the weblog of Alan Knox

Moving Away from Performance Mentality

Posted by on Jul 6, 2010 in blog links, edification, gathering | 4 comments

Moving Away from Performance Mentality

Steve Burchett writes a very thought-provoking article called “From First Baptist Church to a House Church.” Steve is one of the elders of a church of house churches in Kansas City called Christ Fellowship. In the section below, he is describing the difference between meeting together for mutual edification and what is typically seen in church meetings:

[In their house church meetings] People are usually not hesitant to participate because no one is expected to “wow” the group with a great performance. A spirit of grace pervades our gatherings as we seek to be led by the Spirit.

The main weekly meeting of a building-based church is usually significantly choreographed. Whether it is a liturgical service or more contemporary, the order of the meeting is not only known in advance, but the hope is that each element will come off looking excellent—even professional. The expectations for a “great” service are often so high that the leadership feels defeated if the music didn’t noticeably move people, or the praying wasn’t eloquent, or the technology miscued, or the transitions between the various parts of the service were awkward. And, above all else, some pastors sit in their studies on Monday and contemplate quitting if their sermon the previous day seemed flat. Success is dependent on a select few who too often fail to live up to the desires of those who sit and spectate.

I am not adverse to just listening when appropriate. In First Corinthians 14, Paul is primarily pleading with the church to meet together “in an orderly manner” (v. 40). Part of orderliness is letting people take their turn (vv. 27-33) and learning from them (v.31), but participation by more than just a few is expected. The result is that a “performance mentality” is removed as the various members of the body come ready to serve and receive from the others.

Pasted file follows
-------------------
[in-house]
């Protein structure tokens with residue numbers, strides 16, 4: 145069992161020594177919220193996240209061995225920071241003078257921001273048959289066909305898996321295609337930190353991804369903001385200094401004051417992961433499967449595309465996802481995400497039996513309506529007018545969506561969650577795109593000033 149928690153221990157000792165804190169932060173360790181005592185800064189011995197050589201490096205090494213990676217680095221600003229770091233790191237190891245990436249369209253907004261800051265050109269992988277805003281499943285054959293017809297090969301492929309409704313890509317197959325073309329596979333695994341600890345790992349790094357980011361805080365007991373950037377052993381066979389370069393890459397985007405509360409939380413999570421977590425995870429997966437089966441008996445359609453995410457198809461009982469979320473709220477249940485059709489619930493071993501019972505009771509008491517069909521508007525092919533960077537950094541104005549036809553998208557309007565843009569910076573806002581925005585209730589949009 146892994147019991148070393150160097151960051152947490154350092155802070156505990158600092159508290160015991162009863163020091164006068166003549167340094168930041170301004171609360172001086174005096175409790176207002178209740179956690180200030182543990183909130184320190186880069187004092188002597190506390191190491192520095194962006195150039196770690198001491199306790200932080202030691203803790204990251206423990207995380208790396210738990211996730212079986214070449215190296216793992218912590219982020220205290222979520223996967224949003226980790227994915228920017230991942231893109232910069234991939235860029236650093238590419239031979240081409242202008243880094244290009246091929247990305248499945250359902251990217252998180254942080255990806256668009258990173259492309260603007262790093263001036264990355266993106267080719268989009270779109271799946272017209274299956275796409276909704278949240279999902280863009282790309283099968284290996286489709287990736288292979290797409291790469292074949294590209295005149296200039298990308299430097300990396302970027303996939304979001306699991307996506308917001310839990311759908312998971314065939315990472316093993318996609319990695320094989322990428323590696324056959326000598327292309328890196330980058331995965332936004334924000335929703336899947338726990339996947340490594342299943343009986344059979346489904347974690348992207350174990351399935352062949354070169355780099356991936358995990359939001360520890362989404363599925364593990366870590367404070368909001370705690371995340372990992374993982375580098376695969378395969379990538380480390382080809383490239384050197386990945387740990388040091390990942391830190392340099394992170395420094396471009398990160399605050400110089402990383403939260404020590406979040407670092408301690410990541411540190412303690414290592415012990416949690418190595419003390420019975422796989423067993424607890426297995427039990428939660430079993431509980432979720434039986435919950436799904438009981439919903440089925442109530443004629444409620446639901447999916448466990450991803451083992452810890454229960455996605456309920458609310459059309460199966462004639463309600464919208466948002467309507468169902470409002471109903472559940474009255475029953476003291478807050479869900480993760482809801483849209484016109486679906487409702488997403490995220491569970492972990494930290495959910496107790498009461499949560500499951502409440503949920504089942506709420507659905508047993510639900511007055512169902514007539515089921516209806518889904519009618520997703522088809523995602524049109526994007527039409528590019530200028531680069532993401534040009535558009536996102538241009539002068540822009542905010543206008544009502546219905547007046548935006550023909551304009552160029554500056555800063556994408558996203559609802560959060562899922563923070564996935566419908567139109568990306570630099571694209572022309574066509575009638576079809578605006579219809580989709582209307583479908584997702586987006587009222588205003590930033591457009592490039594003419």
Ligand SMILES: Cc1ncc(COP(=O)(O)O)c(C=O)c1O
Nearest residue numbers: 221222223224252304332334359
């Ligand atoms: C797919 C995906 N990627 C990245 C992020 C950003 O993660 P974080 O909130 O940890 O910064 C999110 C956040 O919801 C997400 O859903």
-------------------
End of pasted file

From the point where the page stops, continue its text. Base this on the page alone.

I’ve been part of traditional church “worship services” and I’ve been part of participatory meetings for mutual edification. His descriptions parallel my experiences with both. What do you think?


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  1. 7-6-2010

    I have even heard it said that the people leading “must do our best for God.” If things don’t go well that mentality leaves you feeling not only that you have let down the people, but God as well. That can hit pretty hard.

  2. 7-6-2010

    I can speak from personal experience that delivering the sermon week after week is exhausting mentally and emotionally. The whole “worship” experience of the local church body rests on your sermon. I have delviered some pretty good performances from the pulpit in my time but I never felt like it was good enough. Little wonder so many men leave vocational ministry every year.

  3. 7-6-2010


    There’s a movement (especially among larger church groups) that calls for everything to be done with “excellence.” I prefer for people to be real… warts and all.


    Yes, I preached those sermons as well.


  4. 7-6-2010

    I certainly have seen first hand what “excellence” can do to a church body… and how detrimental it can be to the workings of the Holy Spirit, the heart of the people and ‘least of these’ and spiritual journey of all that are striving with their own efforts. I am excited that we have stepped away from the performance and although we are very much feeling some withdrawel symptoms — we are so thankful to be away from the noise and no longer addicted to the performance. I know that God can use all things for our good — including the Sunday only church thing… but I’m so thankful I’m passed that stage in my journey. So ready to experience the now with our new friends we are journeying with! 🙂